Cyntoia Brown: a suitable case for compassion (2)
A pretty boring football match had me shuffling through programmes I’d saved, and decided on “The 16-Year-old Killer: Cyntoia’s Story”, recently repeated on BBC3. Cyntoia was 15 when she found herself pimped out by a 24-year old drug dealer and addict with a history of violence and the nickname “Cut-throat”. Picked up in a notorious red light district, something tragic happened along the way that resulted in her shooting dead the 43-year old man she met that night.
Tried as an adult, she was sentenced to life imprisonment. Film maker Daniel Birman was given access to her and he followed the whole process. The result is one of the most humane and heart-rending documentaries I’ve ever seen.
That Cyntoia was damaged is beyond doubt: there are times when, glassy-eyed, you can almost imagine a psychopath lurking inside. But with a history of abandonment and sexual abuse, it’s hardly surprising she would develop a carapace, despite the obvious love of her adopted mother. However, she matures throughout the course of the film, and what we actually learn about her is that she is stoic, sensitive and fiercely intelligent. What did the men want, she is asked; “Sex… for money” is her initial response, but then she pauses and, in a moment of blindingly adult insight, she adds, “No… they wanted acceptance and admiration.” No sixteen year old should have that kind of knowledge.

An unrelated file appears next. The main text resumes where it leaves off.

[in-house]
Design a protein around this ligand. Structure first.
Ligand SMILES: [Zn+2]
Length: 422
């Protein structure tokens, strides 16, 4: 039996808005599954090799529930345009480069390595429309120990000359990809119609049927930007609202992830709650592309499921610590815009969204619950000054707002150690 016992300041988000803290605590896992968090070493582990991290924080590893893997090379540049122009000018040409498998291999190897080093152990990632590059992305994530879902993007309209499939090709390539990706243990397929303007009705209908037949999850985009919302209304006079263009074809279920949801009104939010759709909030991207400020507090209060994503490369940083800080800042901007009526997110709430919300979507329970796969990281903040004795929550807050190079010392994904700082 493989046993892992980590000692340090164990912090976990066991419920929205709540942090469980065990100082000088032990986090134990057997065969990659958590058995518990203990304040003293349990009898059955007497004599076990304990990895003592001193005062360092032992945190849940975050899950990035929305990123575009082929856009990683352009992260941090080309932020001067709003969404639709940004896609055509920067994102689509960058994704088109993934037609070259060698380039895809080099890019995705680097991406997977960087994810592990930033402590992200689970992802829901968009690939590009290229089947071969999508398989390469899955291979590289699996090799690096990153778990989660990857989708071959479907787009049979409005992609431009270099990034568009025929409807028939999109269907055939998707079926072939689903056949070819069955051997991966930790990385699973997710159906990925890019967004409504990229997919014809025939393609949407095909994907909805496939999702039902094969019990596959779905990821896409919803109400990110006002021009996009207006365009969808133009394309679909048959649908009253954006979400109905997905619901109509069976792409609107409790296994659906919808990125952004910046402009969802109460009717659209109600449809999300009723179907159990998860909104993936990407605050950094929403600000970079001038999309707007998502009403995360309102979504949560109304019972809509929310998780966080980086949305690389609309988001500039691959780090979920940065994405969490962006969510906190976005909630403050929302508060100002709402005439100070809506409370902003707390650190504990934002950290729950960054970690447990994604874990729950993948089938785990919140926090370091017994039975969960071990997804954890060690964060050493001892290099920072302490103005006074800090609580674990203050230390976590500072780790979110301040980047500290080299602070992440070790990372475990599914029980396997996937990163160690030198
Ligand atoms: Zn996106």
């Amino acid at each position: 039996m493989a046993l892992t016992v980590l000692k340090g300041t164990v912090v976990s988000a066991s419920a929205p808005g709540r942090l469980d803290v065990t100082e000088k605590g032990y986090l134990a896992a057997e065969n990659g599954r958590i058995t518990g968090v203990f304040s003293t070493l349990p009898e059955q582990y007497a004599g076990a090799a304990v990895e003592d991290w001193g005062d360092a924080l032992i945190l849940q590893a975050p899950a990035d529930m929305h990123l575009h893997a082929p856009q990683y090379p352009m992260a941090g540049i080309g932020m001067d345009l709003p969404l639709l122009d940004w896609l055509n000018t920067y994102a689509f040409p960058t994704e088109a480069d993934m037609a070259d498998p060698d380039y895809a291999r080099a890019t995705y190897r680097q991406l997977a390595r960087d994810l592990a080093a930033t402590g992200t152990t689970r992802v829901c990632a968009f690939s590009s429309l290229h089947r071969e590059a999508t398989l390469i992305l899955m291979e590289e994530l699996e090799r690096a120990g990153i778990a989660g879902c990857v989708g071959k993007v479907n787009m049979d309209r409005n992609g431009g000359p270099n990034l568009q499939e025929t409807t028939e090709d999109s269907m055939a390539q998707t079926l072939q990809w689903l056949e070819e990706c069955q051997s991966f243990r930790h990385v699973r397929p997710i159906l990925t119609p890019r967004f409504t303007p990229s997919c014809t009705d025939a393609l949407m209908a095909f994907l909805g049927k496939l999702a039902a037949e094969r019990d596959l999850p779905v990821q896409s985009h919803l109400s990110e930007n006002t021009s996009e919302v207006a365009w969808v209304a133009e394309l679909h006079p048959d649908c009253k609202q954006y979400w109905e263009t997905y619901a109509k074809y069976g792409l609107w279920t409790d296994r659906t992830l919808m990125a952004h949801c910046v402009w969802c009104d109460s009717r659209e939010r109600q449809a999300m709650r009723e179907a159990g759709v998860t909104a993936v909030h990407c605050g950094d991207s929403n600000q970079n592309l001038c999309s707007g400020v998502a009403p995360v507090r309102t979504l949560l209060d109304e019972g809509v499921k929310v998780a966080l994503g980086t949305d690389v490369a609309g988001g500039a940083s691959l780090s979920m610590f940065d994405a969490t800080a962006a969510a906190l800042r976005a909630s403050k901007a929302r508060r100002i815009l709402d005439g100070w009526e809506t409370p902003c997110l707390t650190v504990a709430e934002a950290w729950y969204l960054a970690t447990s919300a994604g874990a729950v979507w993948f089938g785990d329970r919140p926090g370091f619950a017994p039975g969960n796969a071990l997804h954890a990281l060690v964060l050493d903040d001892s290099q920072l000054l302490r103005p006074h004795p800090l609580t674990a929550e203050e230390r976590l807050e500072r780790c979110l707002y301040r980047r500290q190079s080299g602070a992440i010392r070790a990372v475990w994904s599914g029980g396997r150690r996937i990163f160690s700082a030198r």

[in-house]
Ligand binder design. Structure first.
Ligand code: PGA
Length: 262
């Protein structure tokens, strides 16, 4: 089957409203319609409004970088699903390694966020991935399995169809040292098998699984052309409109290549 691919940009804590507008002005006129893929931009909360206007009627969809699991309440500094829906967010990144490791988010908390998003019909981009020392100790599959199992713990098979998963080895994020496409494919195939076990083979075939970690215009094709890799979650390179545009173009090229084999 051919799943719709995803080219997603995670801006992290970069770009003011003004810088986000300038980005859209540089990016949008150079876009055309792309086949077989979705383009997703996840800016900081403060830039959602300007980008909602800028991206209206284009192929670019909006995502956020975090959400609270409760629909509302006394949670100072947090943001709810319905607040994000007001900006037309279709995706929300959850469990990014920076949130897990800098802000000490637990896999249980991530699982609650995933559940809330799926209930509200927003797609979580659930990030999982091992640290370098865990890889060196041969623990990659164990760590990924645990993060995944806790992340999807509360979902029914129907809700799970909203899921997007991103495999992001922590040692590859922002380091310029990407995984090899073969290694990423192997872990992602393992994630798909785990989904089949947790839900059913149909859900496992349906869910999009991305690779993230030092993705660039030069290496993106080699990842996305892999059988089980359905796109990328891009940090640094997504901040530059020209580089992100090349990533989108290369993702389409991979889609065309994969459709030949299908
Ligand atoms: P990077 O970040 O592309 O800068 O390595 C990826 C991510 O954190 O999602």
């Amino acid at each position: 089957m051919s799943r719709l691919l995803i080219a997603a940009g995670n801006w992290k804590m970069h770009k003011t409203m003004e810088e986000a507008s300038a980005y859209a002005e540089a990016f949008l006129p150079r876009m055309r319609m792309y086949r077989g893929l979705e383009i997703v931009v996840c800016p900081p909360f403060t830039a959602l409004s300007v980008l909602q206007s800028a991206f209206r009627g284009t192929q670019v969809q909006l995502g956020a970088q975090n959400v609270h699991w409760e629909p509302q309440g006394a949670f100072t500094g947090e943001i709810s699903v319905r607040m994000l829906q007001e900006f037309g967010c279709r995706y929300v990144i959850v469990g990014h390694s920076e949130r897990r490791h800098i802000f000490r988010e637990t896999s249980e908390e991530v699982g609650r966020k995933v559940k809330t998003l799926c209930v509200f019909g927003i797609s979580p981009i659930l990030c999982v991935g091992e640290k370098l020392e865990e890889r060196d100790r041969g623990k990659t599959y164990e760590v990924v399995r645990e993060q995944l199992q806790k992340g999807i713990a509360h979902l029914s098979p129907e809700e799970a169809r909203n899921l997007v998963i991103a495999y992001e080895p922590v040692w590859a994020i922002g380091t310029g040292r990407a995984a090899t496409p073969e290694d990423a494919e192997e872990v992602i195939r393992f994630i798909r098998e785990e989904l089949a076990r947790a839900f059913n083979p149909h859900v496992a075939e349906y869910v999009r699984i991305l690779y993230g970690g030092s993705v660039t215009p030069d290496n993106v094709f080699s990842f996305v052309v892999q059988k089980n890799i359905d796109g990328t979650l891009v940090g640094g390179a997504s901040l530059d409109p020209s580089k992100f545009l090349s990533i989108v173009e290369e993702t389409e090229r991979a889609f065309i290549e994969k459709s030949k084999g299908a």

So Cyntoia’s compensation for all that abuse and pain and hurt was to be called a cold-blooded killer and to be sent down for the rest of her life. A fifteen year old, unable to understand the complexities of the legal system and duped during questioning, then thrown on the scrap heap, no possibility of rehabilitation or redemption considered. What a waste.
But that’s the great state of Tennessee. Read the responses to the excellent Brantley Hargrove article in the Nashville Scene, and you’ll get a sense of just how inhumane they like justice to be over there. How can you have any hope for a world in which people react to this kid’s plight with:
“This rotten, no-good little bitch will be out on parole in four years, so spare us the frickin’ violins. Public safety is more important than giving second chances to monsters”?
Of course, it’s also no accident that such people glory in the fact that Cyntoia is now locked up for the rest of her life in the “penile system”; with inhumanity comes ignorance. Thankfully, looking at the “likes” and “dislikes” on the message board, such heartless bastards are in a minority.
I believe that justice must often include an element of punishment, but have never understood the notion that the more severe the punishment, the better the needs of the victim are served. Of course, such a simplistic notion is attractive to politicians who want to avoid systems that truly take care of victims and their families because such systems – full compensation, counselling, relocation if appropriate, health and social care – are too expensive to countenance; the argument that says, “what about the victims; lock them up and throw away the key” is much, much cheaper, and then allows the next step, the “why should we pay for them to live in luxury; just execute them.” It’s why restorative justice – which truly does look after the victim’s needs – is so valuable.
I can’t understand the mindset of anyone wanting to lock up a damaged and abused child for the rest of her life. A petition to release her pending review of her case can be found here: Free Cyntoia Brown Petition | GoPetition . Please read her story and consider signing.
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